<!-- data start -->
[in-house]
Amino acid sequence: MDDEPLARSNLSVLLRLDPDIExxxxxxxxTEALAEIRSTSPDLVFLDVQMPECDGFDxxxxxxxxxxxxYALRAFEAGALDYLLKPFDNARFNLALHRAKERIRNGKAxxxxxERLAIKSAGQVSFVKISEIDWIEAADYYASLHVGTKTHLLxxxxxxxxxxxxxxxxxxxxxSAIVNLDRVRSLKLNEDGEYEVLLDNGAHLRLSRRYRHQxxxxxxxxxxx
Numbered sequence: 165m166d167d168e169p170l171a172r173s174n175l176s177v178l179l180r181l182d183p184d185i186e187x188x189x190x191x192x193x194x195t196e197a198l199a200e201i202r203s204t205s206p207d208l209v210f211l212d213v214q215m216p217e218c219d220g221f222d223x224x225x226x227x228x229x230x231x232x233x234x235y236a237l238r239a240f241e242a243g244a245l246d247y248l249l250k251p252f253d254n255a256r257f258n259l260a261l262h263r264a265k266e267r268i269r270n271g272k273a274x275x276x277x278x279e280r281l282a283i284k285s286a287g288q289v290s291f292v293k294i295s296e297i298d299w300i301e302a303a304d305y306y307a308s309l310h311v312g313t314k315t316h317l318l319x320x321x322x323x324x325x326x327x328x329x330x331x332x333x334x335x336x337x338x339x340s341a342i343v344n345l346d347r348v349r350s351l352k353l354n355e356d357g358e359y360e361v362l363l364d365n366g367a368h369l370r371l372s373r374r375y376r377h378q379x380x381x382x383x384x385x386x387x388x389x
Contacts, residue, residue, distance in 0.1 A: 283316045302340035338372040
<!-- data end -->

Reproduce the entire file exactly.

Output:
[in-house]
Amino acid sequence: MDDEPLARSNLSVLLRLDPDIExxxxxxxxTEALAEIRSTSPDLVFLDVQMPECDGFDxxxxxxxxxxxxYALRAFEAGALDYLLKPFDNARFNLALHRAKERIRNGKAxxxxxERLAIKSAGQVSFVKISEIDWIEAADYYASLHVGTKTHLLxxxxxxxxxxxxxxxxxxxxxSAIVNLDRVRSLKLNEDGEYEVLLDNGAHLRLSRRYRHQxxxxxxxxxxx
Numbered sequence: 165m166d167d168e169p170l171a172r173s174n175l176s177v178l179l180r181l182d183p184d185i186e187x188x189x190x191x192x193x194x195t196e197a198l199a200e201i202r203s204t205s206p207d208l209v210f211l212d213v214q215m216p217e218c219d220g221f222d223x224x225x226x227x228x229x230x231x232x233x234x235y236a237l238r239a240f241e242a243g244a245l246d247y248l249l250k251p252f253d254n255a256r257f258n259l260a261l262h263r264a265k266e267r268i269r270n271g272k273a274x275x276x277x278x279e280r281l282a283i284k285s286a287g288q289v290s291f292v293k294i295s296e297i298d299w300i301e302a303a304d305y306y307a308s309l310h311v312g313t314k315t316h317l318l319x320x321x322x323x324x325x326x327x328x329x330x331x332x333x334x335x336x337x338x339x340s341a342i343v344n345l346d347r348v349r350s351l352k353l354n355e356d357g358e359y360e361v362l363l364d365n366g367a368h369l370r371l372s373r374r375y376r377h378q379x380x381x382x383x384x385x386x387x388x389x
Contacts, residue, residue, distance in 0.1 A: 283316045302340035338372040